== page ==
DETROIT - The Stanley Cup champion Detroit Red Wings have a good shot at being the first team to repeat since they pulled off the feat in 1998.
All of their key players are back, plus the Red Wings snagged a star and backup goaltender from the runner-up Pittsburgh Penguins, and retained key free agents as well as coach Mike Babcock.
"On paper, this team is much stronger than it was a year ago," Red Wings general manager Ken Holland said Thursday in an interview with The Associated Press. "I hate talking about the Stanley Cup in October, but we certainly feel like we're a legitimate contender.
"It's hard to repeat because you have to be motivated, healthy and at your best at the end of a 10-month process that begins with training camp."
Detroit did what it could during the off-season to improve its chances of hoisting the Stanley Cup for the fifth time in 12 seasons and earn consideration as a modern-day dynasty.
The Wayne Gretzky-led Edmonton Oilers - who won five titles from 1984-1990 - were the last NHL team to be as successful as the Red Wings have been recently.
When the NHL emerged from the lockout three years ago, the salary cap was supposed to spread talent around the league.
The Red Wings have stayed on top, though, because the organization drafts and develops players really well and standouts take less money to play in the Motor City than they could make elsewhere.
Exhibit A: Marian Hossa.
After helping Pittsburgh reach the Stanley Cup finals, arguably the best forward available in free agency agreed a one-year deal worth just under US$7.5 million to chase a Cup in Detroit instead of a signing a contract with the Penguins worth about $30 million more.
"We were pretty surprised obviously," Holland acknowledged.
A lot of athletes say it's not about the money, but Hossa proved it.
"I didn't make the decision to be proud of myself," he said. "I did it because I had a choice to go wherever I wanted, and this is the place where I think I have the best chance to win."
Hossa, who will be 30 in January, has scored at least 29 goals the past eight seasons and has 299 in his career. In 75 playoff games, he has 61 points.
Babcock plans to put Hossa on the first line with Henrik Zetterberg and Tomas Holmstrom.
Zetterberg broke a franchise record with 27 points in a post-season, winning the Conn Smythe Trophy. Holmstrom is the best in the business at standing in front of goaltenders, distracting them and deflecting pucks into the net.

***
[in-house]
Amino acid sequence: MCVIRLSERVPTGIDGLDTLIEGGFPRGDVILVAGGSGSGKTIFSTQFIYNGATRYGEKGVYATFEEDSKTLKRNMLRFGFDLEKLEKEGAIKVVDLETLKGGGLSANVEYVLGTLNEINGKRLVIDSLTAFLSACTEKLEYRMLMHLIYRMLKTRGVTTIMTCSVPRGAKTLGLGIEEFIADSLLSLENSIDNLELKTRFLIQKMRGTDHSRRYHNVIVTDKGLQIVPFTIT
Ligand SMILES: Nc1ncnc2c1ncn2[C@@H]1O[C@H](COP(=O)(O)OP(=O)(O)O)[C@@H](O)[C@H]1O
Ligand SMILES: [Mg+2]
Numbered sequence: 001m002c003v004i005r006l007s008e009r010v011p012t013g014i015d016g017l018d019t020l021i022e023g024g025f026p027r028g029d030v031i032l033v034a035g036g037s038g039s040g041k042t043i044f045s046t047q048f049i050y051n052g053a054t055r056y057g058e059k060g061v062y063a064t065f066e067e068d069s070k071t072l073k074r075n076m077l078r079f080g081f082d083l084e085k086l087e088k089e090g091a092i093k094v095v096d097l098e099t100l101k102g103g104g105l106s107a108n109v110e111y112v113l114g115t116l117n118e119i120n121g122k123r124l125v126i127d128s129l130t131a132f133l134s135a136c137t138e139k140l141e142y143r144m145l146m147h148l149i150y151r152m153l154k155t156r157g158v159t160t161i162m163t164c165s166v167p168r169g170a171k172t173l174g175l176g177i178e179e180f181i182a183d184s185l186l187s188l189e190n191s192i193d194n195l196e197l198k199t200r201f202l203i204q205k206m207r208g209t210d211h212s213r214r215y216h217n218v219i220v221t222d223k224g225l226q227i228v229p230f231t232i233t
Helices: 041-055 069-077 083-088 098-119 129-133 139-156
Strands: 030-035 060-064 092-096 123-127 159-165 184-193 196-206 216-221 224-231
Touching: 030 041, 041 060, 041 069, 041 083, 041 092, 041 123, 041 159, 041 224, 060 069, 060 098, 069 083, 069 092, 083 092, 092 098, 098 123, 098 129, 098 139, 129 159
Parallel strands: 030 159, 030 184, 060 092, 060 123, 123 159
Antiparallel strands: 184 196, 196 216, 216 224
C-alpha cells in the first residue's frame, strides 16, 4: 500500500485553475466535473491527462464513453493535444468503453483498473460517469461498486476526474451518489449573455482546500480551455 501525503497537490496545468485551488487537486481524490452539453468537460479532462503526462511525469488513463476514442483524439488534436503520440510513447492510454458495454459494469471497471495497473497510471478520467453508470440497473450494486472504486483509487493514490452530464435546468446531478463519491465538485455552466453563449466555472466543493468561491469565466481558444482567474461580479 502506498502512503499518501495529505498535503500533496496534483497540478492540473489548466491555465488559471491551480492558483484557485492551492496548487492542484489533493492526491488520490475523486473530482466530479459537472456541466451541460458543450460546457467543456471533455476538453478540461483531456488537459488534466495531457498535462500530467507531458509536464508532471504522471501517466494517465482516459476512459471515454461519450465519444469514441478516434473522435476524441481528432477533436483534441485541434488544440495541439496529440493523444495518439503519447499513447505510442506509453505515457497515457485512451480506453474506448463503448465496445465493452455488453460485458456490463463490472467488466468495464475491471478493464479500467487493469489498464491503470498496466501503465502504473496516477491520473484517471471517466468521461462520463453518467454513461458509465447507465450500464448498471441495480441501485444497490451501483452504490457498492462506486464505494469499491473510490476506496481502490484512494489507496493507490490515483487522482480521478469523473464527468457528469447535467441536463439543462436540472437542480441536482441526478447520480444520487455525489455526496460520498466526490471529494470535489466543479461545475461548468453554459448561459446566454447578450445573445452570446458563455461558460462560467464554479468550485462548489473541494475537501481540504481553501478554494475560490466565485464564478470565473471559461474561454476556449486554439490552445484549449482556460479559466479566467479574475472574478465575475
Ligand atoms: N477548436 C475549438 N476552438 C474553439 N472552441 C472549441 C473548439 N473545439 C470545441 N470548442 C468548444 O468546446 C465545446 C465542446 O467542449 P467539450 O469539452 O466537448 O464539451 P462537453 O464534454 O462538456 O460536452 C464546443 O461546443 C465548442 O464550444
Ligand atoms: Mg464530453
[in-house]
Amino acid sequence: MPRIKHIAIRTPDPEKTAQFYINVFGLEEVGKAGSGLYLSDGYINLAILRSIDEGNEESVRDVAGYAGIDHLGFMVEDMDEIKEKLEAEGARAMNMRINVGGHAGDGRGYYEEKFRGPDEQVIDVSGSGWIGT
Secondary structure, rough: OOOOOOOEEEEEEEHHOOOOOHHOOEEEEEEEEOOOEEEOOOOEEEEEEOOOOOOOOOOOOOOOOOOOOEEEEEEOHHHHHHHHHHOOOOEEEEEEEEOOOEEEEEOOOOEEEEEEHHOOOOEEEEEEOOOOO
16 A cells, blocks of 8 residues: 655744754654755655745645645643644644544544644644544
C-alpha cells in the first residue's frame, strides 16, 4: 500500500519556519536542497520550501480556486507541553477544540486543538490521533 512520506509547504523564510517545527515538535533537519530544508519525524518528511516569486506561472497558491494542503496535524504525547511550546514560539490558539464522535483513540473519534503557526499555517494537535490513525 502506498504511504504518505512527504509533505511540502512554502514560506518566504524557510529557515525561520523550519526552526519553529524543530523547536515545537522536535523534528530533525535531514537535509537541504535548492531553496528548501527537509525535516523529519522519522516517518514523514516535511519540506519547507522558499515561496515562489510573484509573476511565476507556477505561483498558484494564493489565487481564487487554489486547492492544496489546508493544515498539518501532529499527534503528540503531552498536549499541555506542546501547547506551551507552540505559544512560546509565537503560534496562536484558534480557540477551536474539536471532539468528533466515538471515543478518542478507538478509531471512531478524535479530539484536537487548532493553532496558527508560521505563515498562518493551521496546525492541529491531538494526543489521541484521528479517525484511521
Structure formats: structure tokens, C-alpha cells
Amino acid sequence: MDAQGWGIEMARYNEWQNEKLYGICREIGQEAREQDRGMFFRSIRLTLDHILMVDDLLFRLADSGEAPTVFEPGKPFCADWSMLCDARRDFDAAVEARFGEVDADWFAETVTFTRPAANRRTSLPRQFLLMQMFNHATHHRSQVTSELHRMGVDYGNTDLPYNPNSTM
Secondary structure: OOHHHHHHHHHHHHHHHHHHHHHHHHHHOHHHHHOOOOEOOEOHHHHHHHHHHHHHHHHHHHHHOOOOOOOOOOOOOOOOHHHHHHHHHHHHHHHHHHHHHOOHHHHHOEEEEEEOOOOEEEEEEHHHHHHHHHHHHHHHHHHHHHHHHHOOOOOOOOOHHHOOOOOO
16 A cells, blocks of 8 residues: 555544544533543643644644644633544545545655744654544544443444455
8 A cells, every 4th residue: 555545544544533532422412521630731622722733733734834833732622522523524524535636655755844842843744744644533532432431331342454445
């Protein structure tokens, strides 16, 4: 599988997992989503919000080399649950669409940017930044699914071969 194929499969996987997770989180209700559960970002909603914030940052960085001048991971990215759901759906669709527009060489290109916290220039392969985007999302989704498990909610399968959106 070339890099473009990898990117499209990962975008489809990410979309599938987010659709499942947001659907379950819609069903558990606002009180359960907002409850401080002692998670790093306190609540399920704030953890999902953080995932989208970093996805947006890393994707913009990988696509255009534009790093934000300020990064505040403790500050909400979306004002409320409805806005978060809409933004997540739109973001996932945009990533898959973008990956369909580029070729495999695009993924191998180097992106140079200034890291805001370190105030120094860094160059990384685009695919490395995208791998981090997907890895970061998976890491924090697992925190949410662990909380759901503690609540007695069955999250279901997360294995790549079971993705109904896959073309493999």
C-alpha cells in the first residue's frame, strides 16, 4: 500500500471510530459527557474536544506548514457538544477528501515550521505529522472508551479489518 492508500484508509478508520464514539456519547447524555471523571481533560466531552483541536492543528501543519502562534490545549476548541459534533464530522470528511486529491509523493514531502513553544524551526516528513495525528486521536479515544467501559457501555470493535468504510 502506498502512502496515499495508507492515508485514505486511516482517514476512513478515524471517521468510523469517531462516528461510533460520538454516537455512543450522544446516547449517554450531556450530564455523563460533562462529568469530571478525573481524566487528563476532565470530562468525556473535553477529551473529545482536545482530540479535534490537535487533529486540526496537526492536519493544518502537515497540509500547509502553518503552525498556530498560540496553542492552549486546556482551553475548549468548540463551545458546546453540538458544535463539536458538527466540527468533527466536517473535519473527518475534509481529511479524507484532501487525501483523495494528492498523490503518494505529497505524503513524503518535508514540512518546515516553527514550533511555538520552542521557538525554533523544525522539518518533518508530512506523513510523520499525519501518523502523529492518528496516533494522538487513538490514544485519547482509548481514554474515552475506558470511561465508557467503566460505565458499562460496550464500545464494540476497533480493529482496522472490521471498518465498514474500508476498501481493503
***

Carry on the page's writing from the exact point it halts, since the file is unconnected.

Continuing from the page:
Selke Trophy winner Pavel Datsyuk, who was honoured for scoring and backchecking, is expected to be on the second line with Johan Franzen, who shared a team record with Zetterberg by scoring 13 goals last post-season, and Jiri Hudler.
Valtteri Filppula, a rising standout who was re-signed, Mikael Samuelsson and Dan Cleary make up a third line that most teams could only dream of having each game.
The defence is led by six-time Norris Trophy winner Nicklas Lidstrom, Brian Rafalski, Niklas Kronwall and Brad Stuart, who chose to stay in Detroit instead of making more money elsewhere as a free agent.
The forwards and defencemen are backed up by a mix of young and old players such as 21-year-old center Darren Helm and Chris Chelios, though the 46-year-old is out three to six weeks with a fractured shin bone.
"Scotty (Bowman) always told me that you need 15 NHL forwards and 10 NHL defencemen," said Babcock, the first NHL coach to win 50 games in three straight seasons. "And this is the first time I've had that.
"I had fun working on lineups on napkins over the summer, but it still comes down to having chemistry on the ice and a tremendous work ethic on and off the ice every day."
Chris Osgood is the undisputed No. 1 goaltender because he had a league-low 1.55 goals-against average in the playoffs after replacing Dominik Hasek, who retired. Ty Conklin, who gave up 2 1/2 goals in 32 games last year for Pittsburgh, was signed to give the team an experienced backup as 24-year-old Jimmy Howard develops.
The Red Wings insist they will have a sense of urgency this season to win it all because next year, they might lose Zetterberg, Hossa or Franzen in free agency.
"Hopefully we can take advantage of this one-year window and have a great year," Holland. "But we've got to get off to a great start. It looks good on paper but it's got to happen on the ice."